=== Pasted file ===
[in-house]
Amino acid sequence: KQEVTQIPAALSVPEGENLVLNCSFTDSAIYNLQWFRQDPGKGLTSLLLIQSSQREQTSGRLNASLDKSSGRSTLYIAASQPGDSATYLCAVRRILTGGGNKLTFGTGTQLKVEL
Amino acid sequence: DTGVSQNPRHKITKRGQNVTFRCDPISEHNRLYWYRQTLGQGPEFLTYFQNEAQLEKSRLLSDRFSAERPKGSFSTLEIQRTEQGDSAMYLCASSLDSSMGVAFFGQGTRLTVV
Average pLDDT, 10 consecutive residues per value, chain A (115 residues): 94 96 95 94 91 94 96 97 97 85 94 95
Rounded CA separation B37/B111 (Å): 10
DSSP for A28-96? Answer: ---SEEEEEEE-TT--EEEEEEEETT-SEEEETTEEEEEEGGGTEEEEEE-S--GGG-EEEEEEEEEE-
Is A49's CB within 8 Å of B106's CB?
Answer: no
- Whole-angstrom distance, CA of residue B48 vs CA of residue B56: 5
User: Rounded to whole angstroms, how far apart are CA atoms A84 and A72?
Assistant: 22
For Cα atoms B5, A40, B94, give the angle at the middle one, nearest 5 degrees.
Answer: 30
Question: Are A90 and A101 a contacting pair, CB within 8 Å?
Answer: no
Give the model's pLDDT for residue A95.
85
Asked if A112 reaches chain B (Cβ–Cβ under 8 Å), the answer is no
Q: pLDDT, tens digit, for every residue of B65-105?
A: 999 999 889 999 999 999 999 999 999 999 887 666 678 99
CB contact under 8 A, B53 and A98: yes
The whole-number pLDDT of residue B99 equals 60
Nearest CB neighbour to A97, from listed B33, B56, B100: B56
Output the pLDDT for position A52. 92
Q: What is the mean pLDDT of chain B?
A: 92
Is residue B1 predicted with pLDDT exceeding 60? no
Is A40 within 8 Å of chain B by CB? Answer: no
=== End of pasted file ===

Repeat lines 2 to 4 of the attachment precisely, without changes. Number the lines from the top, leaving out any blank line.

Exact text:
Amino acid sequence: KQEVTQIPAALSVPEGENLVLNCSFTDSAIYNLQWFRQDPGKGLTSLLLIQSSQREQTSGRLNASLDKSSGRSTLYIAASQPGDSATYLCAVRRILTGGGNKLTFGTGTQLKVEL
Amino acid sequence: DTGVSQNPRHKITKRGQNVTFRCDPISEHNRLYWYRQTLGQGPEFLTYFQNEAQLEKSRLLSDRFSAERPKGSFSTLEIQRTEQGDSAMYLCASSLDSSMGVAFFGQGTRLTVV
Average pLDDT, 10 consecutive residues per value, chain A (115 residues): 94 96 95 94 91 94 96 97 97 85 94 95